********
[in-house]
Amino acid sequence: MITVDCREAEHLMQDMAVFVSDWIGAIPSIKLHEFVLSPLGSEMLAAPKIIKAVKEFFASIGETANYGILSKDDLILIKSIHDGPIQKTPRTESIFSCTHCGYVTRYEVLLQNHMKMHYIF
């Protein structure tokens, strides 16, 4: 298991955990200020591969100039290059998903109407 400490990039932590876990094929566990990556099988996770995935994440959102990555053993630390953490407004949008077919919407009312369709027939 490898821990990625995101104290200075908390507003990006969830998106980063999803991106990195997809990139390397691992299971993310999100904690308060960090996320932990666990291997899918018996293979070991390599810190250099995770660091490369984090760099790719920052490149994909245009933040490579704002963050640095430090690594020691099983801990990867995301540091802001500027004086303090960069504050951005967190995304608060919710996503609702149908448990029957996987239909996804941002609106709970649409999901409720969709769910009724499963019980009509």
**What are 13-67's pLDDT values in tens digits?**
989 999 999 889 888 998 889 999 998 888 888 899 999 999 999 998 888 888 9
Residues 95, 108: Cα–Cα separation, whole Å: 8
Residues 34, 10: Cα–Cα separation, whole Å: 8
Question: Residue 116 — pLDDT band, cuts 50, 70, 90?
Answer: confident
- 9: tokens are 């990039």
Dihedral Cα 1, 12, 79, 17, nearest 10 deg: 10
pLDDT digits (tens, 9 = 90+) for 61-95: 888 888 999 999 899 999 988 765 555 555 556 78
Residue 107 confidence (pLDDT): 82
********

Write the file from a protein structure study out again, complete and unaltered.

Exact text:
[in-house]
Amino acid sequence: MITVDCREAEHLMQDMAVFVSDWIGAIPSIKLHEFVLSPLGSEMLAAPKIIKAVKEFFASIGETANYGILSKDDLILIKSIHDGPIQKTPRTESIFSCTHCGYVTRYEVLLQNHMKMHYIF
């Protein structure tokens, strides 16, 4: 298991955990200020591969100039290059998903109407 400490990039932590876990094929566990990556099988996770995935994440959102990555053993630390953490407004949008077919919407009312369709027939 490898821990990625995101104290200075908390507003990006969830998106980063999803991106990195997809990139390397691992299971993310999100904690308060960090996320932990666990291997899918018996293979070991390599810190250099995770660091490369984090760099790719920052490149994909245009933040490579704002963050640095430090690594020691099983801990990867995301540091802001500027004086303090960069504050951005967190995304608060919710996503609702149908448990029957996987239909996804941002609106709970649409999901409720969709769910009724499963019980009509």
**What are 13-67's pLDDT values in tens digits?**
989 999 999 889 888 998 889 999 998 888 888 899 999 999 999 998 888 888 9
Residues 95, 108: Cα–Cα separation, whole Å: 8
Residues 34, 10: Cα–Cα separation, whole Å: 8
Question: Residue 116 — pLDDT band, cuts 50, 70, 90?
Answer: confident
- 9: tokens are 């990039």
Dihedral Cα 1, 12, 79, 17, nearest 10 deg: 10
pLDDT digits (tens, 9 = 90+) for 61-95: 888 888 999 999 899 999 988 765 555 555 556 78
Residue 107 confidence (pLDDT): 82